The Impact of Deductibles on your Home Insurance

By Maude Gauthier | Published on 06 Jun 2024

Home Insurance Deductibles

A home insurance deductible is the amount of money you pay out of your pocket if you make a claim. When it comes to selecting the right home insurance policy, it’s vital to understand the deductible because it can increase or decrease your premium. Adjust your deductible realistically when you’re comparing quotes for home insurance.

How much is your deductible?

If there’s water damage in your home and you make a claim to your insurer to cover $10,000 in damage, they probably won’t pay the full amount. Your deductible may be $500 or $1,000, for example. In this case, the insurer would pay $9,500 or $9,000, and you would pay the balance.

An insurer almost always includes a deductible in a home insurance policy. This keeps the client’s premium as low as possible. For example, if you go from a $500 to a $1,000 (or more) deductible, your monthly insurance payments should drop slightly. A $0 deductible is possible, but your monthly payments will rise accordingly.

Insurance providers design deductibles to deter policyholders from making small frequent claims, which ultimately drive up the price of premiums for everyone.

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Deductibles that apply to particular circumstances

In some circumstances, insurance companies apply different deductibles to certain types of claims. Particularly where there is a higher risk due to location or the type of intended use of the property.

Some examples of different deductible clauses are:

Crime Deductible

This is common in situations where the homeowner rents out their home or owns a vacation property. These types of situations are at greater risk of burglary and vandalism. Therefore, specific coverage for these situations is crucial. Not all standard home insurance includes coverage for a rental or vacation property.

Earthquake Deductible

If your property is in a region at risk from earthquakes, then your insurer may insist on a separate deductible payable in the event of earthquake damage. They may offer you a higher-than-usual choice of deductibles.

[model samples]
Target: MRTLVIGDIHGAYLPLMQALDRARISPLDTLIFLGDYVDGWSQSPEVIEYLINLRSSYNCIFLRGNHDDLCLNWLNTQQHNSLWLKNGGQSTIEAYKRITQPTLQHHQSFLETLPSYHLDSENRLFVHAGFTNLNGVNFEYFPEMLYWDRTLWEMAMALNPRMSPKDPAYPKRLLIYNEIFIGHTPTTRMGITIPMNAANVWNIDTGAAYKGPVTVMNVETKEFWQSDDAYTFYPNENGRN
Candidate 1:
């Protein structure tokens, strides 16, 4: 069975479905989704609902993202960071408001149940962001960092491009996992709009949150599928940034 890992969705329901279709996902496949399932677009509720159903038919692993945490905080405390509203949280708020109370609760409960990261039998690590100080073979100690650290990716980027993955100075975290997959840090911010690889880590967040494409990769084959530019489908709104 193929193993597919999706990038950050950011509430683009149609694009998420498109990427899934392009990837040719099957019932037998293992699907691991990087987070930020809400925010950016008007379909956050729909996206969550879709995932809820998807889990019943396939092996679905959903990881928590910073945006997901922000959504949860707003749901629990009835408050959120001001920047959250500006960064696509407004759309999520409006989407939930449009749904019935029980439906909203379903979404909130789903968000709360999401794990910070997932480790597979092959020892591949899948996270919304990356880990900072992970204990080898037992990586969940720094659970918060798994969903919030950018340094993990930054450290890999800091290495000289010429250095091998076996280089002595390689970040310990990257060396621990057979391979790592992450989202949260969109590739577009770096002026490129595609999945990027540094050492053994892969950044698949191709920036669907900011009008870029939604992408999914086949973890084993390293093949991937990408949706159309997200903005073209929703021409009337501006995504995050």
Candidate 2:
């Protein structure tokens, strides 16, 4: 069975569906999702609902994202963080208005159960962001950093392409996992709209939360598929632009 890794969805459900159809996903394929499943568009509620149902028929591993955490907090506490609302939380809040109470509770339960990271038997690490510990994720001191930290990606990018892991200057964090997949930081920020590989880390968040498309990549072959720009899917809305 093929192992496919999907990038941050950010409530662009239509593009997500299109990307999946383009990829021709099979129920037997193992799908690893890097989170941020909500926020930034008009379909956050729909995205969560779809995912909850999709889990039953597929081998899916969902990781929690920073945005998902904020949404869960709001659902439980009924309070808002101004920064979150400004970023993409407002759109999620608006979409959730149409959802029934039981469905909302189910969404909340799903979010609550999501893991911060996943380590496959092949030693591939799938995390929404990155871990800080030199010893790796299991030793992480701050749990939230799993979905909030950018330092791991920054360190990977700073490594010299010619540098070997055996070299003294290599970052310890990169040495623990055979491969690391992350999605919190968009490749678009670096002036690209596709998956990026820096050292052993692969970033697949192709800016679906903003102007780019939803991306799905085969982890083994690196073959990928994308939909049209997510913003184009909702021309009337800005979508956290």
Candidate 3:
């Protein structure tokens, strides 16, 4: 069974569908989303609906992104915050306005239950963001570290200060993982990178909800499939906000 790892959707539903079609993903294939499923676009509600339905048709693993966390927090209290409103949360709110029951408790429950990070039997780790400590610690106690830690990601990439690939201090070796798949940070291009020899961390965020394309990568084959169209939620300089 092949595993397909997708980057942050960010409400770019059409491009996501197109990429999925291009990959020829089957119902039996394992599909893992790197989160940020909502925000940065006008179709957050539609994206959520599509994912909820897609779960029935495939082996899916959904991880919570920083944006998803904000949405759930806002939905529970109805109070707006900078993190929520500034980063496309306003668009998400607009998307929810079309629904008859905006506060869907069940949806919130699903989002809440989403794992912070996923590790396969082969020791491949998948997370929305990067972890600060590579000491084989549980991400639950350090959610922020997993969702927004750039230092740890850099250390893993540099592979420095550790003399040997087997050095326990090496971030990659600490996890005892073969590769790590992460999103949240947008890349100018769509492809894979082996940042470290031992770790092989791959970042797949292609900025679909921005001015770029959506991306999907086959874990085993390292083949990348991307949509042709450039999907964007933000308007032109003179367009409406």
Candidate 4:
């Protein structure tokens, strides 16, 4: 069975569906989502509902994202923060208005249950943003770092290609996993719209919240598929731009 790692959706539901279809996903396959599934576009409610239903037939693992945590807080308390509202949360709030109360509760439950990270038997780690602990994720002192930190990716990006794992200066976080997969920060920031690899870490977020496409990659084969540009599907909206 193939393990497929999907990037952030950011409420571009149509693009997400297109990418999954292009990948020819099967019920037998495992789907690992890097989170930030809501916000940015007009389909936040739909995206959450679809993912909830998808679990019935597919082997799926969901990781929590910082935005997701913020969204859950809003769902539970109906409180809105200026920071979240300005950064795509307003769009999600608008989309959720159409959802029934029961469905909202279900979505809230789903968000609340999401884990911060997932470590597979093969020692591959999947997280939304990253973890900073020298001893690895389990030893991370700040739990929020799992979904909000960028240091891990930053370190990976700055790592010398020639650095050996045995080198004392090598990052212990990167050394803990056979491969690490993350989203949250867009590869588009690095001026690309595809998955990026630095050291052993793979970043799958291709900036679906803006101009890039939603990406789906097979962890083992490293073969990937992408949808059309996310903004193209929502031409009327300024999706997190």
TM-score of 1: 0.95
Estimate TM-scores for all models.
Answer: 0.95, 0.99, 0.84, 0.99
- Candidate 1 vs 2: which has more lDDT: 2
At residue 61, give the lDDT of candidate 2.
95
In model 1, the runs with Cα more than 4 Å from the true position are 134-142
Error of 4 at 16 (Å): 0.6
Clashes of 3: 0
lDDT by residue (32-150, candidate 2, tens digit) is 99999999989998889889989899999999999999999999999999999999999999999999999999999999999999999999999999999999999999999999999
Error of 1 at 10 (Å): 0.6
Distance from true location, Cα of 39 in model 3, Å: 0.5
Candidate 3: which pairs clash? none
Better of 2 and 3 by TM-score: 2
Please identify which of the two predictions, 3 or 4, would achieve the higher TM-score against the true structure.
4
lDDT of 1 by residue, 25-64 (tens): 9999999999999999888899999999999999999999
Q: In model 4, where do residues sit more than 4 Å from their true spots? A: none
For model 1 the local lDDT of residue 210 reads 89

Deductible for Broken Windows

This pertains to claims for broken windows which is part of your home. Some insurers will allow you to eliminate this deductible in exchange for a small increase in your premium.

Flood Deductible

If your home qualifies for water damage insurance, the deductible will apply in the situation of a flood caused by sewer backups, among other things.

Hail Deductible

Some areas are at greater risk for hail damage. If your home insurance includes this protection, the deductible would apply to a claim from a hailstorm. Hail can damage everything from roof shingles to skylights and eavestroughs.

Select the right deductible amount for you

It’s best to set your deductible amount on the higher side if you can. This is especially true if you have emergency savings you can use if you need to make a claim on your home insurance policy.

This will keep your insurance premium lower and save you money. It also shows your insurance company that you do not intend to use your policy for unnecessary and small claims. Your insurer can then offer you a lower premium because you are unlikely to make an excessive number of minor claims.

But it’s also important to be realistic about what you could afford to pay in the event of a claim, bearing in mind that your circumstances might change in the future. Don’t be tempted to choose a high deductible simply to save a bit on your premium. Especially if you have limited amounts of savings.

Avoid making a claim, if you can

Bear in mind that you don’t have to make a claim if you have damage that is above your deductible by a small amount. Submitting a claim to your insurer can result in any claims-free discounts that you benefit from being removed, which means you will pay a higher premium at renewal.

If you were to submit a high number of claims, your insurer may charge you an additional amount, called surcharges. It’s much better to manage your insurance premium with a reasonable deductible amount and avoid small claims altogether, whenever possible.

Changing your deductible

Most insurers will allow you to change your deductible. They may allow you to change it anytime, or only at the time of policy renewal, such as 12 months after setting it up.

Maude Gauthier is a journalist for Hardbacon. Since completing her Ph.D. in communications at University of Montreal, she has been writing about finance, insurance and credit cards for companies like Fonds FMOQ and Code F. As a responsible user of credit cards, she can spend hours reading the fine print to fully understand their benefits. Because of their simplicity, she developed a preference for cash back cards. After suffering steep increases with her former insurer, she can now proudly say that she saved hundreds of dollars by shopping around for her auto and home insurance. In her free time, she reads novels and enjoys streaming popular shows (and possibly less popular shows, like animal documentaries).